After being the hot topic of 2018, trade tensions had simmered down during the first few months of this year. This month, the heat has gotten turned up again, with the U.S. increasing tariffs to 25% on $200 billion of Chinese imports and with China retaliating with 25% tariffs on $60 billion of U.S. goods. In addition, preparations have begun to impose 25% tariffs on the remaining $300 billion of Chinese imports. Does this dynamic matter for the U.S. economy?
The negative effects of tariffs imposed since 2017 have been most evident for big export economies like those of Japan, Europe and China, with these countries’ manufacturing activity weakening significantly over the course of 2018. The U.S. economy has held up much better, thus investors in U.S. assets may be tempted to brush off recent headlines. However, these developments do matter for U.S. fundamentals for two reasons: 1) they increase the chances that the tariff fire may soon burn too hot, and 2) the smoke it generates is harmful itself.
In terms of the fire’s strength, the average U.S. tariff rate has risen from a global low of 1.4% in 2017 to a developed market high of 4.5% today. At the moment, this year’s increase in tariffs is small and may lift U.S. consumer goods’ prices by only 0.2% this year, a manageable drag on consumer spending. However, the chances have now increased that a deal is not struck at all, resulting in the additional tariffs on Chinese imports. Should this occur, the heat on prices and consumers will be turned up significantly. The average U.S. tariff rate would increase to 7.7%, a feat only bested by Brazil. In this worst-case scenario, U.S. consumer goods’ prices could increase by an additional 0.6%, a significant boil for consumer spending.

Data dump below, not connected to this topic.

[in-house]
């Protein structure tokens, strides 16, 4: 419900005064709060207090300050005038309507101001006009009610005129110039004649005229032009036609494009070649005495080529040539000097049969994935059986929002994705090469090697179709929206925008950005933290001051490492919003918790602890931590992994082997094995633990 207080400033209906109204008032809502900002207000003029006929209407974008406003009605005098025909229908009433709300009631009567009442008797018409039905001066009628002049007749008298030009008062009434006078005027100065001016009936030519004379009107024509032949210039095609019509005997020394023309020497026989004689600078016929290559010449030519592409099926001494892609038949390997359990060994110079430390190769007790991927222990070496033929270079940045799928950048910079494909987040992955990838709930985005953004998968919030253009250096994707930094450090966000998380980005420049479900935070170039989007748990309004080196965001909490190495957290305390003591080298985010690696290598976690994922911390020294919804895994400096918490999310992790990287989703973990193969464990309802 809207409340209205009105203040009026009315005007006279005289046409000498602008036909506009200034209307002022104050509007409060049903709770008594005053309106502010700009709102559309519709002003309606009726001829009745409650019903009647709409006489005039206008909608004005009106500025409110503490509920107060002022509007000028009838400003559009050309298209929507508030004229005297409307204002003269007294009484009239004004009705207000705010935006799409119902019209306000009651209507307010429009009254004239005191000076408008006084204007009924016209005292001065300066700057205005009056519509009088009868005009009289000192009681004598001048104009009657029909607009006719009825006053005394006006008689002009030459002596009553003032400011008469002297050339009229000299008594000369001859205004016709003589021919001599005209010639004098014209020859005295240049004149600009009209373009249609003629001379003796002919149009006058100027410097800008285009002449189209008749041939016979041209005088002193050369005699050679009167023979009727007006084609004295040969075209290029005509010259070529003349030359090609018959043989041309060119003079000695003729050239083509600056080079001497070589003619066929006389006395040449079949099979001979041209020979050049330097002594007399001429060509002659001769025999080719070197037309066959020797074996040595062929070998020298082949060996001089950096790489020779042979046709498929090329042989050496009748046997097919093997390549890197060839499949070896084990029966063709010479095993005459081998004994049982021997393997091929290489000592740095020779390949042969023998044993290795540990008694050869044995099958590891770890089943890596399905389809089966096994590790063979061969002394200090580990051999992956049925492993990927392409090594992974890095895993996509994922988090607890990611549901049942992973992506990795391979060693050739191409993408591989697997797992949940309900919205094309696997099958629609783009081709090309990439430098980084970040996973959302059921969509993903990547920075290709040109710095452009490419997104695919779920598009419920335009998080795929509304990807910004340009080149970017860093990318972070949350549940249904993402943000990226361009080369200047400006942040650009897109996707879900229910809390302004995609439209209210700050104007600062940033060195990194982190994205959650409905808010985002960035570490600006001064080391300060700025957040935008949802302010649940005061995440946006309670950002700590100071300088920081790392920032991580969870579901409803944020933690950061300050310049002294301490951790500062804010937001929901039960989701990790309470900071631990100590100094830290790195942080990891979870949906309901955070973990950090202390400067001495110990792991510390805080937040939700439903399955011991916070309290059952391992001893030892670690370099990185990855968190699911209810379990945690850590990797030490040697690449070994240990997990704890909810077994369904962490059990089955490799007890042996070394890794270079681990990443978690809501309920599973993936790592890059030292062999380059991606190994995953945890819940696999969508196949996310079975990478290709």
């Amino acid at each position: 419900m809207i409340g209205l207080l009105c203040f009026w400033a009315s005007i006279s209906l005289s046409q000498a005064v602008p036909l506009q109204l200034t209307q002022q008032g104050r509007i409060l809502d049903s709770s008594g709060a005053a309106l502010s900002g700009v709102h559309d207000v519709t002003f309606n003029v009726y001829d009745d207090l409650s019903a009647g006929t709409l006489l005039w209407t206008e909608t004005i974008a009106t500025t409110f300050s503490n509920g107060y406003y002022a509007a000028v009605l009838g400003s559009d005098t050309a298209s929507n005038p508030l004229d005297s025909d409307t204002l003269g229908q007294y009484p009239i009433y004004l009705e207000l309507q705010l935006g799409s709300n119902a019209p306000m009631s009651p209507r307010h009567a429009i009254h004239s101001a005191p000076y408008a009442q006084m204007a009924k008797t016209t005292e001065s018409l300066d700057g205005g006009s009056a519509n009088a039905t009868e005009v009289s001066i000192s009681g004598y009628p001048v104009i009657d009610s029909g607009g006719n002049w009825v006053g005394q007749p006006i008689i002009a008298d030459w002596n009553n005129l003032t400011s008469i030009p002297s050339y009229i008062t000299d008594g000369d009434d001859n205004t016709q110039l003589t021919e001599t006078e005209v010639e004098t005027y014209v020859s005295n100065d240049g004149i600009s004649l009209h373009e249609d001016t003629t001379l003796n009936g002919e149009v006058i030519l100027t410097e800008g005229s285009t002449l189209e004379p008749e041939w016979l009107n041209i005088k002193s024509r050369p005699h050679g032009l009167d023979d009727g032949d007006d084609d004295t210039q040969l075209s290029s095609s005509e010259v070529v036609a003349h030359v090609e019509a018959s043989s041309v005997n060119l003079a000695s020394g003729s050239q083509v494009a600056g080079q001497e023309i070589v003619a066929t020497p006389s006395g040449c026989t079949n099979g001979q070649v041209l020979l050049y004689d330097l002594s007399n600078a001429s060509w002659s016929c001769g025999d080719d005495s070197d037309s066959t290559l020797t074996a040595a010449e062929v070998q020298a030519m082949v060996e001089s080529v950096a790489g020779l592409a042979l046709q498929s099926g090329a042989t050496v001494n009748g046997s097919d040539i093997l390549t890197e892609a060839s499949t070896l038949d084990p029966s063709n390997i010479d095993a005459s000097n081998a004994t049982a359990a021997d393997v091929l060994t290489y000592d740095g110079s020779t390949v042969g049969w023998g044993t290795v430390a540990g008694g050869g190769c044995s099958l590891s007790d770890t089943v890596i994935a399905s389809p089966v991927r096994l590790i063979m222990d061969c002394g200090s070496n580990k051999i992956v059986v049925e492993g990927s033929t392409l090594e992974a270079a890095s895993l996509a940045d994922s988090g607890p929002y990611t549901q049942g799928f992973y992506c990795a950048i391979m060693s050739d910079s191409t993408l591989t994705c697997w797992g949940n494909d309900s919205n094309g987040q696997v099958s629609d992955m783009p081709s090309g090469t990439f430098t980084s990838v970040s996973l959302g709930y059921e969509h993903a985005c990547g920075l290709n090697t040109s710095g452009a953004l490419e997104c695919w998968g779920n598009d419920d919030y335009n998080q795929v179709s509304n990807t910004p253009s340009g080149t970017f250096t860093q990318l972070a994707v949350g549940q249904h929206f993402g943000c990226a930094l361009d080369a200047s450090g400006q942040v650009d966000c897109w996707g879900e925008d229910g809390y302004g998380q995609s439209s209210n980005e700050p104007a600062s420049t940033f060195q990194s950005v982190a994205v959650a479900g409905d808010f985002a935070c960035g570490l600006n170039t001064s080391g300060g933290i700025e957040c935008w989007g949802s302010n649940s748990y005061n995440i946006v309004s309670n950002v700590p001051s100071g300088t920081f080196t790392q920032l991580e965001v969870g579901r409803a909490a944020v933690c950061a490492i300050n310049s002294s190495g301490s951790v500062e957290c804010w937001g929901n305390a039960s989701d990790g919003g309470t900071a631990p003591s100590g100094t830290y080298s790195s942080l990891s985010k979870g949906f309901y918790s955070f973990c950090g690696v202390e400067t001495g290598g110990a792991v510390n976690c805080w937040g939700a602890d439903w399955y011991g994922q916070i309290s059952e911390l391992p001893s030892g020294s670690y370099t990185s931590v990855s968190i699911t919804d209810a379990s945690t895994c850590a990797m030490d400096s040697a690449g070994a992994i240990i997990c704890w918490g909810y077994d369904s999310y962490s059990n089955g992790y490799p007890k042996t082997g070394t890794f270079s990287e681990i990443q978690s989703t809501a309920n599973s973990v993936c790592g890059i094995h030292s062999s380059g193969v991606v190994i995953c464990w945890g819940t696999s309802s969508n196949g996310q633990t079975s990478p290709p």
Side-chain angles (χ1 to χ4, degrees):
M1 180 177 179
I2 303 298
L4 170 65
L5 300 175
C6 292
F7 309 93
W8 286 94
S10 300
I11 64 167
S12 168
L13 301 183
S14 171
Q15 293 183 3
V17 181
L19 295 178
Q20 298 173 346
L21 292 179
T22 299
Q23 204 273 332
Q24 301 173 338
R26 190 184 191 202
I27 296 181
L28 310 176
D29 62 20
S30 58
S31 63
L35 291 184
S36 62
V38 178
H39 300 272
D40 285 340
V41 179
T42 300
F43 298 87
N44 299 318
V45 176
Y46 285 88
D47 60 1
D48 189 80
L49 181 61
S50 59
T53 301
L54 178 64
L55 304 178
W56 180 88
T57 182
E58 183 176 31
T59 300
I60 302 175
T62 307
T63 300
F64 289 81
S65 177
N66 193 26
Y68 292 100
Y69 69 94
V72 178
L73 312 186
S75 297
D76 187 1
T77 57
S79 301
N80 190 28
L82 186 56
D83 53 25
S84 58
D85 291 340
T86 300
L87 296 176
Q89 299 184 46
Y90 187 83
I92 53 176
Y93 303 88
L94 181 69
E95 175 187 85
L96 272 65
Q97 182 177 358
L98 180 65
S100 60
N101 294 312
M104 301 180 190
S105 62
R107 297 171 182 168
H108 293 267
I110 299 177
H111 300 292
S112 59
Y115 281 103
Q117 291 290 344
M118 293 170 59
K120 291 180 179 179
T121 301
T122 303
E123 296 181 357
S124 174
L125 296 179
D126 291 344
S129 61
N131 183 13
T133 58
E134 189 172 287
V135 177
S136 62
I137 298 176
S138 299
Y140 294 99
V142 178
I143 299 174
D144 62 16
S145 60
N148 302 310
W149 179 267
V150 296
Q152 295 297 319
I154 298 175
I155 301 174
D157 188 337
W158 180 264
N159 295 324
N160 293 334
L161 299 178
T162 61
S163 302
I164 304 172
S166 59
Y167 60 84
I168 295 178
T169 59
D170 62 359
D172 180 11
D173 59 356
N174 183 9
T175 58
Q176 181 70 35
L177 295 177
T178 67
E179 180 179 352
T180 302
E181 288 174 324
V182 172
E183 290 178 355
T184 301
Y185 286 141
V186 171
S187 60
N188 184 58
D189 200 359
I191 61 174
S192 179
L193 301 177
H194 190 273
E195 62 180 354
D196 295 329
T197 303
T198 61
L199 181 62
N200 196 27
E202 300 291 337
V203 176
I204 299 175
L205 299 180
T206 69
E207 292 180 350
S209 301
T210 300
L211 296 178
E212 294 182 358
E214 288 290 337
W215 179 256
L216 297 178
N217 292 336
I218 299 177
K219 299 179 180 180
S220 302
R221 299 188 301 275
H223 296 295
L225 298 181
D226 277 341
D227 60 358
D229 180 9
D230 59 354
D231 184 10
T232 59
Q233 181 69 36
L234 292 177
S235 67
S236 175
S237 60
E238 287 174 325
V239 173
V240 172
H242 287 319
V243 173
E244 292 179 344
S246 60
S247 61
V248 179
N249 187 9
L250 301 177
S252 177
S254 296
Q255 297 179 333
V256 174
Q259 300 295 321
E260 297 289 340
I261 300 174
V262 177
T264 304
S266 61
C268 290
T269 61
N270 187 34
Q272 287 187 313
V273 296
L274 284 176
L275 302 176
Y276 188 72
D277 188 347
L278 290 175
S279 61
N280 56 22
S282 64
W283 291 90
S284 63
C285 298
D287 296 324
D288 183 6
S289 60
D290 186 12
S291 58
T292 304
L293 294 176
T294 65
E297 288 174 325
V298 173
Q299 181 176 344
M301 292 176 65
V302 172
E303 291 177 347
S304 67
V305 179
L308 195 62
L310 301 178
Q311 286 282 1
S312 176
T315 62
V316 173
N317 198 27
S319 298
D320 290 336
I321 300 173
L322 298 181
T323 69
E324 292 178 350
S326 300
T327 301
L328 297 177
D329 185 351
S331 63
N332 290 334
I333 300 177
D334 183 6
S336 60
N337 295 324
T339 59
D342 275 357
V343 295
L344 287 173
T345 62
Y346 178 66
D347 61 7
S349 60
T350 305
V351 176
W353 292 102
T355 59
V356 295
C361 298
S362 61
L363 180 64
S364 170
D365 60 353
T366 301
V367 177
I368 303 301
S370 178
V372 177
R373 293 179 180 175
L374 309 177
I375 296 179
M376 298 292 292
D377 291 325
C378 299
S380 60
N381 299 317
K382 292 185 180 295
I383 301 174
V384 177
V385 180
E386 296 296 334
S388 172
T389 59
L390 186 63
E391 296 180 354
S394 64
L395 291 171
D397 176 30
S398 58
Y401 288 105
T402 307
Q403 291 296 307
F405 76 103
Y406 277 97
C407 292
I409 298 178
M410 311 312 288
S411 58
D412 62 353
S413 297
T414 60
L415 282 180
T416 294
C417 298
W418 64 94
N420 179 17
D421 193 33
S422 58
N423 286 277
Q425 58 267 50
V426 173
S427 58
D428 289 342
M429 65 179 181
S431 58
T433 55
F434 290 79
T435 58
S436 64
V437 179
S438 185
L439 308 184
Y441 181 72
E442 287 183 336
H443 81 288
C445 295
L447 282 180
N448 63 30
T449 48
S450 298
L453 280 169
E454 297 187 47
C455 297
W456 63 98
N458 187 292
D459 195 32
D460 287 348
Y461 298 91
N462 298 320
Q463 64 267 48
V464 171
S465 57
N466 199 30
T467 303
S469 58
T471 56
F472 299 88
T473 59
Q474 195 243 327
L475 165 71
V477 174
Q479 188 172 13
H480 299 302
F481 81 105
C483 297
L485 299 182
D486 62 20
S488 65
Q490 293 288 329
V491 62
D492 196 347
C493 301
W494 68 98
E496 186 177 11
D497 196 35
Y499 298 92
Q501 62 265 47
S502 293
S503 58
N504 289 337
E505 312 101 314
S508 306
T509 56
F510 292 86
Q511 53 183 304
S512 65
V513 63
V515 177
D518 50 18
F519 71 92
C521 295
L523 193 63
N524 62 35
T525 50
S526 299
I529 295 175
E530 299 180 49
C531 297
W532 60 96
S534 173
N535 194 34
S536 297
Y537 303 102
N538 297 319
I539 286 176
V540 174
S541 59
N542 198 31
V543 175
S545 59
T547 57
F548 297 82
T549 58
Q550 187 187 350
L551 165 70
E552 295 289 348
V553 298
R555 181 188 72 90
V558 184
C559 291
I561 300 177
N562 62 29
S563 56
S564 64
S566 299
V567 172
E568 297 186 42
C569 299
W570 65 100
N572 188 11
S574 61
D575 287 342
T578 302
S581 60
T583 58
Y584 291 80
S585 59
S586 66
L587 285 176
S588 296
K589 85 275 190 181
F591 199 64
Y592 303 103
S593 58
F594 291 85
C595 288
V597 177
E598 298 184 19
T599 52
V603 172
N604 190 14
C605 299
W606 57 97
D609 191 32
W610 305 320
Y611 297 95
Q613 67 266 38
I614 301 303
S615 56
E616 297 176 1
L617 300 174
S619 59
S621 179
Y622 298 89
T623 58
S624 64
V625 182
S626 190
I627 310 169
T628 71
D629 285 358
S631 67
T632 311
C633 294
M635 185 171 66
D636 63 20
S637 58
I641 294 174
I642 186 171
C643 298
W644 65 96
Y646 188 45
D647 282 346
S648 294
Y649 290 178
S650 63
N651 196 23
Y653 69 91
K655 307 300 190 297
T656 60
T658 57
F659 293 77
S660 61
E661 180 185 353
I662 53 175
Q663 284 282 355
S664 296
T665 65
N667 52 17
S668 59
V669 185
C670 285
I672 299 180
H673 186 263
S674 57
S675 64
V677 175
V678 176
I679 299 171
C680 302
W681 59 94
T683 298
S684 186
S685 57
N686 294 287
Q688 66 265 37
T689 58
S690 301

In addition, irrespective of the strength of the fire itself, the smoke it generates can be quite harmful. With limited visibility on the future rules of the game, business confidence would fall, hitting investment spending. Lastly, the uncertainty it generates around future economic and earnings growth would depress investor confidence again, hitting risk asset prices and strengthening the U.S. dollar. This tightening in financial conditions would have its own harmful side-effects for U.S. consumers and businesses. Crucially, these negative effects would occur in the context of an economy less energized by fiscal stimulus than was the case last year.
Of course, a deal may still be struck between the U.S. and China towards the end of June. In this scenario, there is some volatility along the way, but consumers, businesses and investors are not burned too badly. However, the risk of an injury has now risen. This highlights the importance of having some safety guards in a portfolio, such as government bonds on the fixed income side and income and hedging strategies on the equity side.
U.S. tariff rates now higher than DM countries, approaching EM countries
Tariff rate, applied, weighted mean, all products
Source: World Bank, J.P. Morgan Asset Management. Historical tariff rates are 2017 figures. Data are as of May 17th, 2019.